Mar 4, 2013

Jesuit Colleges and Universities assume Leadership Role supporting Undocumented Students

Santa Clara University

On the eve of upcoming JET college fairs scheduled this week for Baltimore and Washington DC, Jesuit colleges and universities made big news for reaffirming their commitment to support immigrant students regardless of citizenship status in a paper released last week just as Congress begins working on immigration policy.

Following a study funded by the Ford Foundation and conducted by research teams from Fairfield University, Loyola University Chicago, and Santa Clara University, more than two dozen Jesuit colleges and universities pledged a return to their founding missions and vowed to help immigrant students who are in the country illegally.

"At the heart of the Immigrant Student National Position Paper is a call for improved institutional practices at Jesuit institutions in the United States to help these young people flourish on campus and off," said Project Leader Rev. Richard Ryscavage, S.J., director of Fairfield’s Center for Faith and Public Life. "Ultimately, this project presents a way of proceeding on this area of immigration that informs and helps shape the national educational discourse.”

The 39-page study estimated that approximately 65,000 undocumented students graduate from American highs schools every year, many of whom were brought to the U.S. as young children by parents who either overstayed visas or entered the country illegally.  They face a variety of obstacles getting to college as first-generation applicants unfamiliar with the process and fearful of divulging information about their immigration status.

And ineligible for federal or state financial aid, they have few options to pay for college.  For many, the only solution involves the very few scholarship opportunities targeted to undocumented students (Santa Clara University is believed to be the only Jesuit college with such a scholarship).

As a result, only five to ten percent of undocumented students enter postsecondary education.

Accompanying the paper, a one-page statement signed by 25 of the 28 presidents of Jesuit colleges outlines the official AJCU (Association of Jesuit Colleges and Universities) position on immigrant students who are here illegally.  The statement includes a vow “to support our students—both documented citizens and not” and underscores that member institutions will “stand in solidarity with migrants, regardless of their immigration status.”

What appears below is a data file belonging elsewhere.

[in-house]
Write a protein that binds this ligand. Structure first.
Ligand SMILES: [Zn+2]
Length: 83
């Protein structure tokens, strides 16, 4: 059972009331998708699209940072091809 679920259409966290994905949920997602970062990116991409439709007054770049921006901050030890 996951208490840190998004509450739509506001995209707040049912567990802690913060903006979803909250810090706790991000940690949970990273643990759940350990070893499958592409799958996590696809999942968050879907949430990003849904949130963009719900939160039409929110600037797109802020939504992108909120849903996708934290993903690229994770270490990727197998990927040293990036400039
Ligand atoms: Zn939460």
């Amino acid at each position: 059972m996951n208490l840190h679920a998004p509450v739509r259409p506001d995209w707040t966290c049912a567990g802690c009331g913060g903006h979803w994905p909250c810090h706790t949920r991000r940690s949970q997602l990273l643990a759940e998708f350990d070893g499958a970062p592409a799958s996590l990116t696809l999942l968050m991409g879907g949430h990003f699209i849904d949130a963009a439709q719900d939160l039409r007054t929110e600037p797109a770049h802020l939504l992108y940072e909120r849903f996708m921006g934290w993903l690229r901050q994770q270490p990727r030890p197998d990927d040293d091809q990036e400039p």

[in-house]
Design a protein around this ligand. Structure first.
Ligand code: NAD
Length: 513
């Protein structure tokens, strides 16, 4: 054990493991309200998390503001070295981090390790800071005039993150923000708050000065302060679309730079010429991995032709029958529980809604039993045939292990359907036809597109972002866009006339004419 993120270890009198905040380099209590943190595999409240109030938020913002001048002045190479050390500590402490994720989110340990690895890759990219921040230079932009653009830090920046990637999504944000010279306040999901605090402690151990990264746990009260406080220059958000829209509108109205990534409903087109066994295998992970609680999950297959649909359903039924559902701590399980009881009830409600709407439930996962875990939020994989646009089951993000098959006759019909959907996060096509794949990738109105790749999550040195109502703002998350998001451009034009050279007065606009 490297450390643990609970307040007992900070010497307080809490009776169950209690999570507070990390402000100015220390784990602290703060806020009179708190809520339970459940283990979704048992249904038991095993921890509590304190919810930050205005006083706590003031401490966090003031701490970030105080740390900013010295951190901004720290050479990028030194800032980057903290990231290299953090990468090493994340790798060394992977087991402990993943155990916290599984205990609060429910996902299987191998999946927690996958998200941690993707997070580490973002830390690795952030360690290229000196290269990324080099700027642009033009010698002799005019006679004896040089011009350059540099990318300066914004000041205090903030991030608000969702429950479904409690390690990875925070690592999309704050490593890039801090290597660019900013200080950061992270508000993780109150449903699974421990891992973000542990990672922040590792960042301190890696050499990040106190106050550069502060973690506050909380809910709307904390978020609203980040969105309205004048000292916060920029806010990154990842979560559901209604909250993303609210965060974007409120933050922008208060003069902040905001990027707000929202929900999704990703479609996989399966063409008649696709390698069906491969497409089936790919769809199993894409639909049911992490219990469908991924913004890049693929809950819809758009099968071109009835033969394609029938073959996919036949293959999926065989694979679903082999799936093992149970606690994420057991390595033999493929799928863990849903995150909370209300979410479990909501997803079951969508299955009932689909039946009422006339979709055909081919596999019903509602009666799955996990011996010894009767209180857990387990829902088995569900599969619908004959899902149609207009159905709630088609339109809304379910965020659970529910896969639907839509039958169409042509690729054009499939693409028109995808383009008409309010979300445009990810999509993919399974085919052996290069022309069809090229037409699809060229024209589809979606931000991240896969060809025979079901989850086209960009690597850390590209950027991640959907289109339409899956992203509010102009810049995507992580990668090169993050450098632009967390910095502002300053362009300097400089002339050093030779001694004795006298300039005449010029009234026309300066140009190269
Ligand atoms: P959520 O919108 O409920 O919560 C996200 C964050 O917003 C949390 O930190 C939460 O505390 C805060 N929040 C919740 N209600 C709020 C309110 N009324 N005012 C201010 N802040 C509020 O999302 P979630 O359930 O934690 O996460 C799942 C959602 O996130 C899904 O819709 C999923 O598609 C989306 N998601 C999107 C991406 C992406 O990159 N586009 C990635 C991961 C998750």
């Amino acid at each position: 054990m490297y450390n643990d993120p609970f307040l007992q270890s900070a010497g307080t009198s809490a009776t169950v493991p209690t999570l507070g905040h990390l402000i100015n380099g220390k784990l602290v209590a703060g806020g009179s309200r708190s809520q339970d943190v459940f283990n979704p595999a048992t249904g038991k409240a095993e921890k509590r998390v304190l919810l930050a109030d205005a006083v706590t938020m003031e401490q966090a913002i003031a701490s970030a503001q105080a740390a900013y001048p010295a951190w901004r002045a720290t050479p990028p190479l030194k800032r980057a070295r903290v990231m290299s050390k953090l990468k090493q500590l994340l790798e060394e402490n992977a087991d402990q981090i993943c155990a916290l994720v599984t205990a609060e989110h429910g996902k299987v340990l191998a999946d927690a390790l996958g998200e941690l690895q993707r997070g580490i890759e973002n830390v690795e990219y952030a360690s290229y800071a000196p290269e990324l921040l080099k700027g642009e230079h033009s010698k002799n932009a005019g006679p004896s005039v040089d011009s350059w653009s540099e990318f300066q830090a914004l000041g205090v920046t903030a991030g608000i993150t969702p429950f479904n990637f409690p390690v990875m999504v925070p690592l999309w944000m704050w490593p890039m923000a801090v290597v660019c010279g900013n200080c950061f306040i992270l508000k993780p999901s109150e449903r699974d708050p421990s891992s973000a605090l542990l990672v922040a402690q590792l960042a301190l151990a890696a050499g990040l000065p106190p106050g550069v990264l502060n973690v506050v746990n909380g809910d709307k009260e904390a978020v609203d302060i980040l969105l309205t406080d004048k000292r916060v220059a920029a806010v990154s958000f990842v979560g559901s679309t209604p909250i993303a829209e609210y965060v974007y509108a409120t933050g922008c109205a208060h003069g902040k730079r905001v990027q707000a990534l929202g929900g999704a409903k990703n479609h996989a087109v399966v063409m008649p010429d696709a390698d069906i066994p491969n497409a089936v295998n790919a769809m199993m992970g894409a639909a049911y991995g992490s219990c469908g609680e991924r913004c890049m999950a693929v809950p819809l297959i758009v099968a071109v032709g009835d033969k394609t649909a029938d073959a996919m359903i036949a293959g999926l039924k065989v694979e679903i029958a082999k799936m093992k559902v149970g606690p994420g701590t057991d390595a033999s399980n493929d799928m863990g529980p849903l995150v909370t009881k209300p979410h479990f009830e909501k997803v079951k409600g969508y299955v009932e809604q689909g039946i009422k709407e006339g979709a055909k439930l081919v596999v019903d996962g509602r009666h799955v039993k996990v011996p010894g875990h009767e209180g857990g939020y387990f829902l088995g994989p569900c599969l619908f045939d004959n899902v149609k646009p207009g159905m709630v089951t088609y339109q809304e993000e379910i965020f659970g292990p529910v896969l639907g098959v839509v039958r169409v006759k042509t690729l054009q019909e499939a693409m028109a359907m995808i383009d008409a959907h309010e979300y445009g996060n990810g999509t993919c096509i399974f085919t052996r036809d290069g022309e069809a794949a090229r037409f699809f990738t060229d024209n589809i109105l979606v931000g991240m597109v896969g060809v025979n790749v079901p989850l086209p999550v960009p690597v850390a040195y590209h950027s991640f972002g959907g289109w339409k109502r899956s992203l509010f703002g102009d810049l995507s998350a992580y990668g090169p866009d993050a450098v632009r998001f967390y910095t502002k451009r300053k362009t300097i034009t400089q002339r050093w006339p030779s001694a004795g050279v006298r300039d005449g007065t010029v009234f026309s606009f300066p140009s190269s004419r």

In addition, the Immigrant Student Nation Position Paper recommends that Jesuit colleges:

  • Clearly and publicly articulate on websites and elsewhere that they provide access for all students, including the undocumented.
  • Designate specific admissions staff to be responsible for working with applicants who are undocumented.
  • Provide training for admissions staff so they understand and can help undocumented students through the admissions process.
  • Modify application forms so as to be clear that a student does not have to include a social security number or citizenship status to apply.
  • Clearly identify financial aid that is available for undocumented students and maintain a list of all scholarships intended for these students.
  • Explore the creation of a “Common Fund” to provide financial aid to undocumented students at all Jesuit colleges and universities.
  • Design specific staff to support immigrant students and identify legal resources to provide counseling for these students.
  • Create a database of alumni who were undocumented or who can assist immigrant students with post-graduate careers.

You can learn more about Jesuit colleges and universities by attending a JET (Jesuit Excellence Tour) College Night in your area.  Over the next couple of months, events are scheduled in Baltimore, DC, Buffalo, Phoenix, Cincinnati, Boston, Cleveland, Las Vegas, New York City, and the Pacific Northwest.

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